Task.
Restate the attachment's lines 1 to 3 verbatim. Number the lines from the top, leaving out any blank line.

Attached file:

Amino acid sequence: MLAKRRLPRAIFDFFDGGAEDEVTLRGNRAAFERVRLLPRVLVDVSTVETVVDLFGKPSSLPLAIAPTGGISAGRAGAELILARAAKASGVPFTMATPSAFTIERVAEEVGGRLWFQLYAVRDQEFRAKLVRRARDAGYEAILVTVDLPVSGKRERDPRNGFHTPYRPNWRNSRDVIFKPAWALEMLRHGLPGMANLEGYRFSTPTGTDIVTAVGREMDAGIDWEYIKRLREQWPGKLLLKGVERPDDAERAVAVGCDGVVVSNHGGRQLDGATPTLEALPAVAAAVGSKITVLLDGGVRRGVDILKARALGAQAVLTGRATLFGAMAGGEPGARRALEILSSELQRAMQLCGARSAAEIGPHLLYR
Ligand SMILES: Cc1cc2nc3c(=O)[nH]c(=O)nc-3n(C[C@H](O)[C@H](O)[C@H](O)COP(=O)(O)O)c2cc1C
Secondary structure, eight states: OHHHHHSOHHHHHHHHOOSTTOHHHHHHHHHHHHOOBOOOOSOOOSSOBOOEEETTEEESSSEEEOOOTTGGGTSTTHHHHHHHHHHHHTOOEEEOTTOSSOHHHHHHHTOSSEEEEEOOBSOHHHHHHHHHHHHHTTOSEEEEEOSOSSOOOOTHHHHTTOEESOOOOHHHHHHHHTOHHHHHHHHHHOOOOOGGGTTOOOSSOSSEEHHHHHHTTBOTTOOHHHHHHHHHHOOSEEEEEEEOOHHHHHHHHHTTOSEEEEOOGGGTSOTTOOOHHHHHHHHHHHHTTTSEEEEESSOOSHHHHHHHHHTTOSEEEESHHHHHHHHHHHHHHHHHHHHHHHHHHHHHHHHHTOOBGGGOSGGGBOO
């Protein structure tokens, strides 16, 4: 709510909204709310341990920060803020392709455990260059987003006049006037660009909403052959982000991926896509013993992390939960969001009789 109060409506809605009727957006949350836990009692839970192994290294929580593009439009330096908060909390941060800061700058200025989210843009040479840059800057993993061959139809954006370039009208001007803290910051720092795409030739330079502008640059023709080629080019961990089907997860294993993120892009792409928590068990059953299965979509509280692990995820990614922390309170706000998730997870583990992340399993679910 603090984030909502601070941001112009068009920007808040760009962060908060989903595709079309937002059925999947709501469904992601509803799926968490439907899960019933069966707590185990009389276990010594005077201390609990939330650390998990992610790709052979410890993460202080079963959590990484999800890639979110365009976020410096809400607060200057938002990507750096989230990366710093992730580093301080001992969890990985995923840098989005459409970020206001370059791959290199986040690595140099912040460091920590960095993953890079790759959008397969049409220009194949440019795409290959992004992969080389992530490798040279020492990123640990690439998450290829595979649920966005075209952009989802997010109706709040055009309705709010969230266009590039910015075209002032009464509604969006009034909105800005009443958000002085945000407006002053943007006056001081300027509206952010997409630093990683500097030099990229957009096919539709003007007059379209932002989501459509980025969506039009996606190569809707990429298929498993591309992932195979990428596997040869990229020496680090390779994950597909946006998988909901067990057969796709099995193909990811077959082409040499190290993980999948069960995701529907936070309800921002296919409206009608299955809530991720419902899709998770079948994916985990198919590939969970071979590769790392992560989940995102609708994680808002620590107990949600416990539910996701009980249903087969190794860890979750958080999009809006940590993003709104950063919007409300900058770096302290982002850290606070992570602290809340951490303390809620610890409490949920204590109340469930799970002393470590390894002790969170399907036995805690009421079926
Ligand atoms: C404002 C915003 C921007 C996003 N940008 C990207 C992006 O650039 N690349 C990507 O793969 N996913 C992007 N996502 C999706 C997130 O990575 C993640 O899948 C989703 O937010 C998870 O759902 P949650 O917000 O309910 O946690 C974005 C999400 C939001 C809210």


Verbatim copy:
Amino acid sequence: MLAKRRLPRAIFDFFDGGAEDEVTLRGNRAAFERVRLLPRVLVDVSTVETVVDLFGKPSSLPLAIAPTGGISAGRAGAELILARAAKASGVPFTMATPSAFTIERVAEEVGGRLWFQLYAVRDQEFRAKLVRRARDAGYEAILVTVDLPVSGKRERDPRNGFHTPYRPNWRNSRDVIFKPAWALEMLRHGLPGMANLEGYRFSTPTGTDIVTAVGREMDAGIDWEYIKRLREQWPGKLLLKGVERPDDAERAVAVGCDGVVVSNHGGRQLDGATPTLEALPAVAAAVGSKITVLLDGGVRRGVDILKARALGAQAVLTGRATLFGAMAGGEPGARRALEILSSELQRAMQLCGARSAAEIGPHLLYR
Ligand SMILES: Cc1cc2nc3c(=O)[nH]c(=O)nc-3n(C[C@H](O)[C@H](O)[C@H](O)COP(=O)(O)O)c2cc1C
Secondary structure, eight states: OHHHHHSOHHHHHHHHOOSTTOHHHHHHHHHHHHOOBOOOOSOOOSSOBOOEEETTEEESSSEEEOOOTTGGGTSTTHHHHHHHHHHHHTOOEEEOTTOSSOHHHHHHHTOSSEEEEEOOBSOHHHHHHHHHHHHHTTOSEEEEEOSOSSOOOOTHHHHTTOEESOOOOHHHHHHHHTOHHHHHHHHHHOOOOOGGGTTOOOSSOSSEEHHHHHHTTBOTTOOHHHHHHHHHHOOSEEEEEEEOOHHHHHHHHHTTOSEEEEOOGGGTSOTTOOOHHHHHHHHHHHHTTTSEEEEESSOOSHHHHHHHHHTTOSEEEESHHHHHHHHHHHHHHHHHHHHHHHHHHHHHHHHHTOOBGGGOSGGGBOO